We have a buoy in our lake that we like to swim to, and we’re curious how far a swim it is. Is there a way to calculate this distance? Can you do something other than use a long rope?—Billie Dominic, Huntsville, Ont.
Sure. There are apps and gadgetry—a golfer’s range finder, for example—that can tell you. But, “I’m a Luddite,” says Lynn Marshall, a Masters Swimming world-record holder and coach. “I don’t even own a cellphone. Personally, I would just swim to the marker and figure out how far it was from how long it took.”
Of course! It’s a simple physics problem, solvable with the Distance Speed Time formula: Distance = Speed x Time. As long as you know those two variables—speed and time—you can calculate the distance.
First you need to figure out your average swimming speed. Time yourself at an indoor pool—the size of the pool is known, it’s usually marked, and it’s accurate. “In physics we say, ‘You need to calibrate your device,’ ” says Joanne O’Meara, a professor in the department of physics at Ontario’s University of Guelph. “This is how you’d calibrate your measurement.”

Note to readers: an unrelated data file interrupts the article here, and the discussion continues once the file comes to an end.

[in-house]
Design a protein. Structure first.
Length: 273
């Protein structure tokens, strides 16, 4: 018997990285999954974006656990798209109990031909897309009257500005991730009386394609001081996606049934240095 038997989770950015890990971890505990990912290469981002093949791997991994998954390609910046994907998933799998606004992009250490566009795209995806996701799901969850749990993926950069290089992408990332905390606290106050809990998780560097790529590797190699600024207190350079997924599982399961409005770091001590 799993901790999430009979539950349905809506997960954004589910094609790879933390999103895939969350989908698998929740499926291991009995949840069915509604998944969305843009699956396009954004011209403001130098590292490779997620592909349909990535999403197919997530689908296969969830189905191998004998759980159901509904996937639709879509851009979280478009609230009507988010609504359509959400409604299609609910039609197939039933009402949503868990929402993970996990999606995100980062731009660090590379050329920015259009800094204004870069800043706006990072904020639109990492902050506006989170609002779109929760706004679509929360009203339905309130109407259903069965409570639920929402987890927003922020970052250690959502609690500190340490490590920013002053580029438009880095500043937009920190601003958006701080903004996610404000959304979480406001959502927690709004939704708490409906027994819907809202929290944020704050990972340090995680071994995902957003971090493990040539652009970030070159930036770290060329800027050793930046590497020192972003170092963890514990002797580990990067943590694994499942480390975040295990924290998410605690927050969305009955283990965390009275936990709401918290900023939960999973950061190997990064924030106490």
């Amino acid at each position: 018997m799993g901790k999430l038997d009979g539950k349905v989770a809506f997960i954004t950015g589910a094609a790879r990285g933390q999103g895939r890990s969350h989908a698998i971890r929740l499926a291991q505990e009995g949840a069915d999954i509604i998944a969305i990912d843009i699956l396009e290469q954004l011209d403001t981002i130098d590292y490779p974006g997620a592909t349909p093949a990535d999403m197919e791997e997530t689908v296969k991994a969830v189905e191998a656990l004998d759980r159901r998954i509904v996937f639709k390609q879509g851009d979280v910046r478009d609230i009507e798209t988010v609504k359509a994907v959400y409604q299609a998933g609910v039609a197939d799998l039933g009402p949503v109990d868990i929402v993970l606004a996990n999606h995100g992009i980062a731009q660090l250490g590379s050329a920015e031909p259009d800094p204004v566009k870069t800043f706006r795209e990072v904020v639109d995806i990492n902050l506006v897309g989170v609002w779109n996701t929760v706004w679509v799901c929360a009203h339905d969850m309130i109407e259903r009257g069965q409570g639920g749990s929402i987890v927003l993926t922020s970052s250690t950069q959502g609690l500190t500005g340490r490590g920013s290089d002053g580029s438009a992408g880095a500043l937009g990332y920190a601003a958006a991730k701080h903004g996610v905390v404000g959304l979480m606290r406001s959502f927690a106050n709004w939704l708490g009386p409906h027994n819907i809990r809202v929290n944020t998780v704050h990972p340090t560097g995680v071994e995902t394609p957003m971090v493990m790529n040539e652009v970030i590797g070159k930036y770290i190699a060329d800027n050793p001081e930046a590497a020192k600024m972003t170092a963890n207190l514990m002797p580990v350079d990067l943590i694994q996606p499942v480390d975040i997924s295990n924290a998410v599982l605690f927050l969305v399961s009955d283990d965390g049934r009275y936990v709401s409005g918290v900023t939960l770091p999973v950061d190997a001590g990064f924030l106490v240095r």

Swim at your regular, steady pace. “When I’m doing lengths in a pool, I will usually do 50 lengths of 25 metres—so 1,250 metres—in about 40 minutes,” says O’Meara. That would make her average speed just over 30 metres per minute (1,250 metres divided by 40 minutes).
To then find the distance to your buoy, she’d time herself swimming to it. “If it takes me five minutes to swim there, that means the buoy is roughly 150 metres away,” says O’Meara.
For more accurate results, do several swims on a wind-free day, and calculate the average time. Is this method as precise as a golf range finder? Of course not. But it won’t cost you any money, and it’s probably more fun.
Got a question for Cottage Life’s Cottage Q&A? Send it to firstname.lastname@example.org.